Educating ELSI

By Matthew L Baum

“Examining the intersection of law and health care, biotech & bioethics”

– the subtitle of the Bill of Health blog.

I approach this intersection like many of my fellow students: outfitted with the tools and spectacles of a specific discipline. Whether that is health law, policy, medicine, engineering, philosophy, genetics, or cognitive science, none of us have had the ideal education that would enable not only an approach, but an inhabitation of this intersection.

What would that ideal education be? To consider the ideal education for a citizen, Rousseau conducts an elaborate thought experiment giving that education to a fictional young boy named Emile (hence the title of the work: Emile, or On Education). Let us begin a similar experiment to consider the ideal education for someone to inhabit the intersection of law and health care, biotech & bioethics.

Let’s call our fictional young person, ELSI.

One important part of ELSI’s education must surely be lingual. There are many foreign languages at this intersection: legalese, statistish, neurosciench, philosophan, etc. Those of us who have journeyed here try to learn bits and pieces of the languages the best we can; we produce ethics modules for neuroscientists and neuroscience boot camps for others. We want to communicate with each other, but perhaps because we are well trained to write with the ideas and jargon valued by our own disciplines, too often we report back in our native languages to our home countries; we talk past each other, and fail to capitalize on the progress made on an issue in another discipline (sometimes hundreds of years of progress).

Fortunately, however, ELSI is young and her language centers are still pliable. She can be raised in a multi-lingual household.

What would it look like?

To me, comparative literature programs offer the best blue-print. The Harvard Comparative Literature Department, for example, requires its students not only to learn to a high level four different languages, but to critically pursue works of literature within each. How many programs require its students to work in a genetics laboratory and biotech company, clerk for a patents court, observe in a pediatric genetics clinic, and critique the philosophical literature surrounding justice? Not one comes to mind.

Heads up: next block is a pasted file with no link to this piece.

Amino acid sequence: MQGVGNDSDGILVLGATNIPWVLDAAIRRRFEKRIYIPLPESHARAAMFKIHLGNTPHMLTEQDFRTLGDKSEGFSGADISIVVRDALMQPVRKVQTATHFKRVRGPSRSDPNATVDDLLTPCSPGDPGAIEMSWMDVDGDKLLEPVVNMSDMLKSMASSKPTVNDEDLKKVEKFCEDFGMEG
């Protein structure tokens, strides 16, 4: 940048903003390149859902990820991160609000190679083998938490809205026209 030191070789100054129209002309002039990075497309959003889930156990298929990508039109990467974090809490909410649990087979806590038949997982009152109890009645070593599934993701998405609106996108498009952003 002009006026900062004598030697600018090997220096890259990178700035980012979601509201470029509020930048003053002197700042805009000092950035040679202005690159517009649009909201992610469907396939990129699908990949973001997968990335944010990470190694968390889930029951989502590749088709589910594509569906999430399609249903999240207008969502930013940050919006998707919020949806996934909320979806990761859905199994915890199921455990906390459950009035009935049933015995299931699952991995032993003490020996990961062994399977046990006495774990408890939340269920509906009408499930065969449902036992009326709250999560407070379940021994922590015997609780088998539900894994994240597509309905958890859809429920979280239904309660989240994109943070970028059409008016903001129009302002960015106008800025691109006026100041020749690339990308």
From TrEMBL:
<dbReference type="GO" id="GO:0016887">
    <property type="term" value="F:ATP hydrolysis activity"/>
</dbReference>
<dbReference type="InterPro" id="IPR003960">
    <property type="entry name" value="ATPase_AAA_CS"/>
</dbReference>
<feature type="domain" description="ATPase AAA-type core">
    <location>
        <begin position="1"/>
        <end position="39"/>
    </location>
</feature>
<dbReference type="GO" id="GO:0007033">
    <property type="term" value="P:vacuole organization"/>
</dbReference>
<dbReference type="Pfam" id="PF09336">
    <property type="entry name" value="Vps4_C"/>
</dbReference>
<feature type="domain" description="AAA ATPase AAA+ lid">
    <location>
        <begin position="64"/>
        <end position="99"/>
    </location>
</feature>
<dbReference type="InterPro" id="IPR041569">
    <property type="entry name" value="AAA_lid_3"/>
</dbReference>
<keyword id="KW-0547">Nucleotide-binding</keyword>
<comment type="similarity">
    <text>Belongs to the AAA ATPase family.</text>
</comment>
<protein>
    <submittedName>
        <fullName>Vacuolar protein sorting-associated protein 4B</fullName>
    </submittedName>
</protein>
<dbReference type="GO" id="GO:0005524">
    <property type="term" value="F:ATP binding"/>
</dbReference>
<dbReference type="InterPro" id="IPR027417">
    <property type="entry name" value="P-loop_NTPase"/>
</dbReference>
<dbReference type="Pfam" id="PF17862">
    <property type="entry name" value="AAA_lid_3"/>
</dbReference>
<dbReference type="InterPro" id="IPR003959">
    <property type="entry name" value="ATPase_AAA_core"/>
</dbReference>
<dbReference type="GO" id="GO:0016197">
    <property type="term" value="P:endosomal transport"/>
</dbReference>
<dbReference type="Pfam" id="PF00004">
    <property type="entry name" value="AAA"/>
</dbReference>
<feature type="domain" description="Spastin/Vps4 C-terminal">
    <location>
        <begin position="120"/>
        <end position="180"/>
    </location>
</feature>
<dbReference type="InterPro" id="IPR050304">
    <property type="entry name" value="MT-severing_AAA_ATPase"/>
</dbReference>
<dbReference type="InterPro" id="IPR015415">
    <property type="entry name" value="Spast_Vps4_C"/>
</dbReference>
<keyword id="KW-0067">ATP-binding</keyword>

But ELSI could do this. And to me it seems like this degree of fluency would be required to inhabit the intersection.

We might wonder at the demandingness of this fluency. A senior student working in the field of neuroethics once told me, for example, that she thinks a useful level of fluency might require PhD-level training in more than one discipline. Would this even be sufficient for ELSI? This seems very demanding indeed.

But let’s return to ELSI. In our thought experiment we’ll make sure that, long as the path may be, she becomes multi-lingual. Where does she go from there?

The Harvard Comparative Literature Department gives its students the following illustrative advice:

“Students are advised that most academic employment opportunities are in national literature or area studies departments; there are very, very few full-time comparative literature positions in the United States.”

If ELSI – even ELSI – ends up being funneled back into the silos of traditional disciplines… If ELSI, fluent in many languages ends up using only one… then perhaps we ought to restructure more than just education.

What do you think?


During his fellowship, Matthew Baum was a second year MD-PhD student in the Health Science and Technology (HST) combined program of Harvard and MIT where he integrated his interests in clinical, scientific, and ethical aspects of mental health. He holds a DPhil at the Oxford Centre for Neuroethics where his doctoral work, supported by a Rhodes Scholarship, concerned the ethical implications of the development of predictive biomarkers of brain disorders. Matthew also completed an MSc in Neuroscience at Trinity College Dublin as a George Mitchell Scholar and holds a BS and an MS in Molecular Biology from Yale. During his medical and neuroscience training he maintained a strong engagement with neuroethics; he has acted as the student representative to the International Society for Neuroethics. During his time at the Petrie-Flom Center, Matt researched the intersection of biological risk and disorder.

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